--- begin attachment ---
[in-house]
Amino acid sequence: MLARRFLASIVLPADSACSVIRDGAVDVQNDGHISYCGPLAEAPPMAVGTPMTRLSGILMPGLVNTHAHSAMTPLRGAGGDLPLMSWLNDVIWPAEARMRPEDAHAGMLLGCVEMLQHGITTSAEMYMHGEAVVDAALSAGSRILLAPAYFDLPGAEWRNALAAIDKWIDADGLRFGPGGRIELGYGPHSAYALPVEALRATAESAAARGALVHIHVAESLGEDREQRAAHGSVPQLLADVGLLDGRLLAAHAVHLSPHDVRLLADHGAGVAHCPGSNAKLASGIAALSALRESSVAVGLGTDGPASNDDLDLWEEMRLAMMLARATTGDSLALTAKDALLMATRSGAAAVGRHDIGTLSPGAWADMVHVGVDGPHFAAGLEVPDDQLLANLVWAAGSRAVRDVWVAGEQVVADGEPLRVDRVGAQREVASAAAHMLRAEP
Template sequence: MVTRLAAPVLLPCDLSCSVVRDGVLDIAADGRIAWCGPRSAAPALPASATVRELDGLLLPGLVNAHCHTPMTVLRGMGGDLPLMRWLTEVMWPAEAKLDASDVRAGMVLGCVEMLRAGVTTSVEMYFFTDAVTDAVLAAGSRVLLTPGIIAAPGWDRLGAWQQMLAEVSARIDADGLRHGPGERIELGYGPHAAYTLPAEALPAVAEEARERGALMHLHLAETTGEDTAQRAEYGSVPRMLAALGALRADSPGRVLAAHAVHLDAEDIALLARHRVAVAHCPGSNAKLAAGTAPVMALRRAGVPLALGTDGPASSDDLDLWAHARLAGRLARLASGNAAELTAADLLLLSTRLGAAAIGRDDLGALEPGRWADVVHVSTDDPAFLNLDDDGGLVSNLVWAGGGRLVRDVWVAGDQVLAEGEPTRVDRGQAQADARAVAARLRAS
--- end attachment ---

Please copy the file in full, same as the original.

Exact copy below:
[in-house]
Amino acid sequence: MLARRFLASIVLPADSACSVIRDGAVDVQNDGHISYCGPLAEAPPMAVGTPMTRLSGILMPGLVNTHAHSAMTPLRGAGGDLPLMSWLNDVIWPAEARMRPEDAHAGMLLGCVEMLQHGITTSAEMYMHGEAVVDAALSAGSRILLAPAYFDLPGAEWRNALAAIDKWIDADGLRFGPGGRIELGYGPHSAYALPVEALRATAESAAARGALVHIHVAESLGEDREQRAAHGSVPQLLADVGLLDGRLLAAHAVHLSPHDVRLLADHGAGVAHCPGSNAKLASGIAALSALRESSVAVGLGTDGPASNDDLDLWEEMRLAMMLARATTGDSLALTAKDALLMATRSGAAAVGRHDIGTLSPGAWADMVHVGVDGPHFAAGLEVPDDQLLANLVWAAGSRAVRDVWVAGEQVVADGEPLRVDRVGAQREVASAAAHMLRAEP
Template sequence: MVTRLAAPVLLPCDLSCSVVRDGVLDIAADGRIAWCGPRSAAPALPASATVRELDGLLLPGLVNAHCHTPMTVLRGMGGDLPLMRWLTEVMWPAEAKLDASDVRAGMVLGCVEMLRAGVTTSVEMYFFTDAVTDAVLAAGSRVLLTPGIIAAPGWDRLGAWQQMLAEVSARIDADGLRHGPGERIELGYGPHAAYTLPAEALPAVAEEARERGALMHLHLAETTGEDTAQRAEYGSVPRMLAALGALRADSPGRVLAAHAVHLDAEDIALLARHRVAVAHCPGSNAKLAAGTAPVMALRRAGVPLALGTDGPASSDDLDLWAHARLAGRLARLASGNAAELTAADLLLLSTRLGAAAIGRDDLGALEPGRWADVVHVSTDDPAFLNLDDDGGLVSNLVWAGGGRLVRDVWVAGDQVLAEGEPTRVDRGQAQADARAVAARLRAS